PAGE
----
BOJ sells US$30 million to forex market amid increased demand
The Bank of Jamaica (BOJ) today intervened in the foreign exchange market selling US$30 million to authorised dealers and large cambios.
The BOJ says the move is intended to address temporary demand and supply imbalances in the market.
Yesterday, the Opposition People's National Party (PNP) raised alarm over an acute shortage of supply in the foreign exchange market.
According to the opposition, some major businesses have been unable to source foreign currency from authorised dealers for the past two weeks.
It also said that the Jamaican dollar slipped to J$135.48 to US$1.00 as at close of business Wednesday, a depreciation in value of more than three per cent in the first 10 days of July.
Opposition spokesperson on finance and planning, Mark Golding, argued that the current arrangements governing the foreign exchange market need to be reformed.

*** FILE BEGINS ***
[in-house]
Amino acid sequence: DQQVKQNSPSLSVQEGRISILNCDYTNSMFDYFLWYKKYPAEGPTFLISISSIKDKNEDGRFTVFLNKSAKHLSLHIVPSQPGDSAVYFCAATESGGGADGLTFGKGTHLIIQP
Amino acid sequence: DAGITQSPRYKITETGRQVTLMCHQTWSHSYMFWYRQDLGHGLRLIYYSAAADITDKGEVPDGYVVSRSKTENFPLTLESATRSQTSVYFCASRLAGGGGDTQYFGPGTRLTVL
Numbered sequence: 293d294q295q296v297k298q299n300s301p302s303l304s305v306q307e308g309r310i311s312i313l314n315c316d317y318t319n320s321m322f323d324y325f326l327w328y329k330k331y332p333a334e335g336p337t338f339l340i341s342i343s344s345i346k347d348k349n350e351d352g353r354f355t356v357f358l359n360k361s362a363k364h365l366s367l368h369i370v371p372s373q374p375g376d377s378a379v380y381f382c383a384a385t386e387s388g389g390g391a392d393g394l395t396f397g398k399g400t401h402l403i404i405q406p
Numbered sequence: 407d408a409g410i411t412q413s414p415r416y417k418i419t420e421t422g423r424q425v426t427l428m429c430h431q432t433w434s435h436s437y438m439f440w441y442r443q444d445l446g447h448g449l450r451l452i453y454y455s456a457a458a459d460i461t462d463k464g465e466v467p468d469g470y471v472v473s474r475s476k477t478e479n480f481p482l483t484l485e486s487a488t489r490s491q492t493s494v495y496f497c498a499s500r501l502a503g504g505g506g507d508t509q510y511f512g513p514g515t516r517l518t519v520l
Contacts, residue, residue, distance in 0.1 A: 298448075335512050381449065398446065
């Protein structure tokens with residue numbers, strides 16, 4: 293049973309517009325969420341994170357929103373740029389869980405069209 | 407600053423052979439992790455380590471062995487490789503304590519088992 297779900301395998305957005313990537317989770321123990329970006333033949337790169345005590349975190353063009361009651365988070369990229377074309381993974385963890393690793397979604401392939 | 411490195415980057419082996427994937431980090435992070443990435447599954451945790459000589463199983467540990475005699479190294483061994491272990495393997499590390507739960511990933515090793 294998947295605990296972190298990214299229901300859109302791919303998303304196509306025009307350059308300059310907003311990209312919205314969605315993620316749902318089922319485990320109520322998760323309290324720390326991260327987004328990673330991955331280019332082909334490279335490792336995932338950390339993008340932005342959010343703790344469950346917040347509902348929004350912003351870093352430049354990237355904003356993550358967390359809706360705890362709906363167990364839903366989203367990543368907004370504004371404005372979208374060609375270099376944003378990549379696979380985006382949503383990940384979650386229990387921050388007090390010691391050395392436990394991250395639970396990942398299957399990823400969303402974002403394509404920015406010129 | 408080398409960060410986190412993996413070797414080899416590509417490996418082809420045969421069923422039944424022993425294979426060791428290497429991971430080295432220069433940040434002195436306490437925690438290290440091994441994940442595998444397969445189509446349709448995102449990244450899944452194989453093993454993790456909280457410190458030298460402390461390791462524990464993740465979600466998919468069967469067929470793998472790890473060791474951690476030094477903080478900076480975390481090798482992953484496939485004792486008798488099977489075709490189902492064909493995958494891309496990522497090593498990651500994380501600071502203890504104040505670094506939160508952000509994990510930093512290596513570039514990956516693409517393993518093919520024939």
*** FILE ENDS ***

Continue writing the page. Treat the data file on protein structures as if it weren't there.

Golding added that the frequent volatility over the past year was undermining business confidence and damaging the country's economic performance and prospects.
"This is evidenced by the fall in the Business Confidence Index reported this week, which cites fluctuations in the foreign-exchange rate as a key determinant of the fall in business confidence," he said.
"A majority of firms indicated that this volatility is undermining their ability to make long-term plans. Firms willing to invest in new plants and equipment has also declined,” he added.